(UPI) - Former Enron chief executive Kenneth
Lay's contacts with President George W. Bush
date back to 1994 before he became governor
of Texas, The Dallas Morning News reported
wrote Bush shortly after he defeated Democrat
Gov. Ann Richards in 1994, urging him to name
Pat Wood to the Texas Public Utility Commission,
according to a letter obtained by the newspaper.
Last month, Bush told reporters he "got to
know" Lay after being elected governor and
described him as a Richards supporter.
who Lay called qualified to carry out the
"new thinking" needed on the commission, was
appointed by Bush three weeks after taking
office. Lay was a top campaign contributor
to Bush. After Bush was elected president,
Lay urged him to name Wood to the Federal
Energy Regulatory Commission. The president
appointed him to that post in August.
House spokeswoman Jeanie Mamo said the appointees
suggested by Lay were qualified for the posts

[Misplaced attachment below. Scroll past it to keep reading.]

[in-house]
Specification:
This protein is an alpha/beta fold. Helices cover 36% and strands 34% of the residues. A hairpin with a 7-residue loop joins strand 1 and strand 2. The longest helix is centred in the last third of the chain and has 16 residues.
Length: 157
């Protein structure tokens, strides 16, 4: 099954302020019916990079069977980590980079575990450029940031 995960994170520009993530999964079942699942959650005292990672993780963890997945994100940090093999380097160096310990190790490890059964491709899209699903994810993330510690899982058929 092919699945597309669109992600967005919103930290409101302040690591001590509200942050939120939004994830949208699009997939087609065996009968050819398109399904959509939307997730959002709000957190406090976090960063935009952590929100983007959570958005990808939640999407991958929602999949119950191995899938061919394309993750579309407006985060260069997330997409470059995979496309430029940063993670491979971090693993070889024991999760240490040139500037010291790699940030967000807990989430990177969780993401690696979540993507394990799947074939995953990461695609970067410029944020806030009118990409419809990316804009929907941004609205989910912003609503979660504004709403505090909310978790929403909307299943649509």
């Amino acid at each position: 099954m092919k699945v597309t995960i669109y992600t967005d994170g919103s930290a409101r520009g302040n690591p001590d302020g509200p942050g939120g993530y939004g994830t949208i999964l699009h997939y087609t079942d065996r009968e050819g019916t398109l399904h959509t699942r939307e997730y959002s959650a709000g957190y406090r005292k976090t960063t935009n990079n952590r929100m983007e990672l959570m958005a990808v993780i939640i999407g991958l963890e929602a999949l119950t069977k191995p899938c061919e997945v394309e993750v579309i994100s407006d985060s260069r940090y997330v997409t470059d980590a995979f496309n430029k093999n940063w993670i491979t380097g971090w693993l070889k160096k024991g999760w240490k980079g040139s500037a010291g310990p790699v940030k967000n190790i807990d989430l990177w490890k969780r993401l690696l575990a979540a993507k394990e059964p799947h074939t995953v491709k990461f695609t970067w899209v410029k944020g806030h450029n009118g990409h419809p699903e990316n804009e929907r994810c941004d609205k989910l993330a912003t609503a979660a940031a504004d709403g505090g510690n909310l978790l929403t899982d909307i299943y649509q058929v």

and received support from other people.
were very qualified individuals who had a
lot of support," she said. "They were chosen
based on their qualifications and their experience."
the 1994 letter to Bush, Lay opened with the
greeting, "Dear George," and described Wood
as "best qualified to provide" what he termed
"new thinking" on the utility commission.
Wood is an advocate of market-oriented regulation
supported by Enron, the News said.
governor, Bush pushed for deregulation and
he won praise from Lay for his efforts.
also lobbied Bush about Texas laws limiting
lawsuits against businesses, calling the state's
tort system "the laughing stock of the country."
He said it could force some large business
to leave Texas. As governor, Bush successfully
won legislation that limited lawsuits against
1994, Lay has recommended other appointments
to Bush and his successor, Republican Gov.
Rick Perry, but the recommendations have not
always been followed. Both Bush and Perry
have received campaign contributions from
Enron filed for Chapter 11 protection Dec.
2 in the nation's largest bankruptcy. About
4,500 workers lost their jobs and their savings,
and several investigations are being conducted
by state and federal agencies.
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